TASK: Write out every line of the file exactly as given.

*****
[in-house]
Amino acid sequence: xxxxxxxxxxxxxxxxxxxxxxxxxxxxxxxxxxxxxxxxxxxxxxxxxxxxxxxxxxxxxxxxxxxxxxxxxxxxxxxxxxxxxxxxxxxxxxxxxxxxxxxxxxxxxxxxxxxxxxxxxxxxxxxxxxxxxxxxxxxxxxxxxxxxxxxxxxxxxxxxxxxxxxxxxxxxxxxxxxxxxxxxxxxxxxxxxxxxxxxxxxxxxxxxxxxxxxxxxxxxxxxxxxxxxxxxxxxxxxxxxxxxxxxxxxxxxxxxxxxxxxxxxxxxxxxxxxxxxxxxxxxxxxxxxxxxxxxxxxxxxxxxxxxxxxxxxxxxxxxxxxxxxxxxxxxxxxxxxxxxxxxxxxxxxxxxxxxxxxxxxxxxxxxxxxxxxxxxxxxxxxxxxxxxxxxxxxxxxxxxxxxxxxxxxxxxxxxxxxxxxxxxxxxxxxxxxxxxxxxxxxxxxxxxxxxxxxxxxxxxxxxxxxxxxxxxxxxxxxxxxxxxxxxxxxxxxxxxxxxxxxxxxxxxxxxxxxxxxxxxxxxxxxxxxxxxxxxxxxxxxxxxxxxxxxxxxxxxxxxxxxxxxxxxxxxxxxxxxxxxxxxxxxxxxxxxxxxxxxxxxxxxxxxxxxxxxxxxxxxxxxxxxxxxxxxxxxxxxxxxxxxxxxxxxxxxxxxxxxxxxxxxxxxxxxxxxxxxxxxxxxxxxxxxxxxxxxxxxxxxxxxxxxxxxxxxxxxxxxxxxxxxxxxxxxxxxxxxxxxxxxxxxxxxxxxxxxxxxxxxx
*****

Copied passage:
[in-house]
Amino acid sequence: xxxxxxxxxxxxxxxxxxxxxxxxxxxxxxxxxxxxxxxxxxxxxxxxxxxxxxxxxxxxxxxxxxxxxxxxxxxxxxxxxxxxxxxxxxxxxxxxxxxxxxxxxxxxxxxxxxxxxxxxxxxxxxxxxxxxxxxxxxxxxxxxxxxxxxxxxxxxxxxxxxxxxxxxxxxxxxxxxxxxxxxxxxxxxxxxxxxxxxxxxxxxxxxxxxxxxxxxxxxxxxxxxxxxxxxxxxxxxxxxxxxxxxxxxxxxxxxxxxxxxxxxxxxxxxxxxxxxxxxxxxxxxxxxxxxxxxxxxxxxxxxxxxxxxxxxxxxxxxxxxxxxxxxxxxxxxxxxxxxxxxxxxxxxxxxxxxxxxxxxxxxxxxxxxxxxxxxxxxxxxxxxxxxxxxxxxxxxxxxxxxxxxxxxxxxxxxxxxxxxxxxxxxxxxxxxxxxxxxxxxxxxxxxxxxxxxxxxxxxxxxxxxxxxxxxxxxxxxxxxxxxxxxxxxxxxxxxxxxxxxxxxxxxxxxxxxxxxxxxxxxxxxxxxxxxxxxxxxxxxxxxxxxxxxxxxxxxxxxxxxxxxxxxxxxxxxxxxxxxxxxxxxxxxxxxxxxxxxxxxxxxxxxxxxxxxxxxxxxxxxxxxxxxxxxxxxxxxxxxxxxxxxxxxxxxxxxxxxxxxxxxxxxxxxxxxxxxxxxxxxxxxxxxxxxxxxxxxxxxxxxxxxxxxxxxxxxxxxxxxxxxxxxxxxxxxxxxxxxxxxxxxxxxxxxxxxxxxxxxxx